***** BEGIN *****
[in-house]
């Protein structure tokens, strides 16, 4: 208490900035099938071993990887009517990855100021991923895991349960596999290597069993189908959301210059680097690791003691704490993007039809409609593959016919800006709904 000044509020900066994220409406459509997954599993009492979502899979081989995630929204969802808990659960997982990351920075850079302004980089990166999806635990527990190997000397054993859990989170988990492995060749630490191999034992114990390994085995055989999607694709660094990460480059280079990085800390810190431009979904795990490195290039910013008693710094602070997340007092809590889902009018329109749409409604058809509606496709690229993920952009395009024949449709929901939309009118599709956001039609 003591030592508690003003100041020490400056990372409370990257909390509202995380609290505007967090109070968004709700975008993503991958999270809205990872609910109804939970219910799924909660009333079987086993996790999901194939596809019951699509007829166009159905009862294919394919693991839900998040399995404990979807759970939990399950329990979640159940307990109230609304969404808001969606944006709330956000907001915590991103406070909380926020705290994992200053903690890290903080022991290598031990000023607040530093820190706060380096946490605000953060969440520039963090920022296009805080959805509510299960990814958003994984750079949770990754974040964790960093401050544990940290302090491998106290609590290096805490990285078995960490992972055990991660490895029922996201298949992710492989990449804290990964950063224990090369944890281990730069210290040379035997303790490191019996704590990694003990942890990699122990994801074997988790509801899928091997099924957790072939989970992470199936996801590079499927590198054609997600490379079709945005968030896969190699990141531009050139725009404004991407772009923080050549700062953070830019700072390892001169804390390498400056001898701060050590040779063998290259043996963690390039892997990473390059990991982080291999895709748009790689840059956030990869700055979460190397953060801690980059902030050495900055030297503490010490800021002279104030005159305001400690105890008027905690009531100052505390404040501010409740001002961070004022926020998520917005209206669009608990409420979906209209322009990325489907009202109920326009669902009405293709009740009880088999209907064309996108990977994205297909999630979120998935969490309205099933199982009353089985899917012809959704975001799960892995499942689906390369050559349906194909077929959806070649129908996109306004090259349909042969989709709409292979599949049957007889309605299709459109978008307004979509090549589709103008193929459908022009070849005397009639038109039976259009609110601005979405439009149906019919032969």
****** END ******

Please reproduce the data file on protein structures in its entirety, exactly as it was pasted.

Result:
[in-house]
């Protein structure tokens, strides 16, 4: 208490900035099938071993990887009517990855100021991923895991349960596999290597069993189908959301210059680097690791003691704490993007039809409609593959016919800006709904 000044509020900066994220409406459509997954599993009492979502899979081989995630929204969802808990659960997982990351920075850079302004980089990166999806635990527990190997000397054993859990989170988990492995060749630490191999034992114990390994085995055989999607694709660094990460480059280079990085800390810190431009979904795990490195290039910013008693710094602070997340007092809590889902009018329109749409409604058809509606496709690229993920952009395009024949449709929901939309009118599709956001039609 003591030592508690003003100041020490400056990372409370990257909390509202995380609290505007967090109070968004709700975008993503991958999270809205990872609910109804939970219910799924909660009333079987086993996790999901194939596809019951699509007829166009159905009862294919394919693991839900998040399995404990979807759970939990399950329990979640159940307990109230609304969404808001969606944006709330956000907001915590991103406070909380926020705290994992200053903690890290903080022991290598031990000023607040530093820190706060380096946490605000953060969440520039963090920022296009805080959805509510299960990814958003994984750079949770990754974040964790960093401050544990940290302090491998106290609590290096805490990285078995960490992972055990991660490895029922996201298949992710492989990449804290990964950063224990090369944890281990730069210290040379035997303790490191019996704590990694003990942890990699122990994801074997988790509801899928091997099924957790072939989970992470199936996801590079499927590198054609997600490379079709945005968030896969190699990141531009050139725009404004991407772009923080050549700062953070830019700072390892001169804390390498400056001898701060050590040779063998290259043996963690390039892997990473390059990991982080291999895709748009790689840059956030990869700055979460190397953060801690980059902030050495900055030297503490010490800021002279104030005159305001400690105890008027905690009531100052505390404040501010409740001002961070004022926020998520917005209206669009608990409420979906209209322009990325489907009202109920326009669902009405293709009740009880088999209907064309996108990977994205297909999630979120998935969490309205099933199982009353089985899917012809959704975001799960892995499942689906390369050559349906194909077929959806070649129908996109306004090259349909042969989709709409292979599949049957007889309605299709459109978008307004979509090549589709103008193929459908022009070849005397009639038109039976259009609110601005979405439009149906019919032969």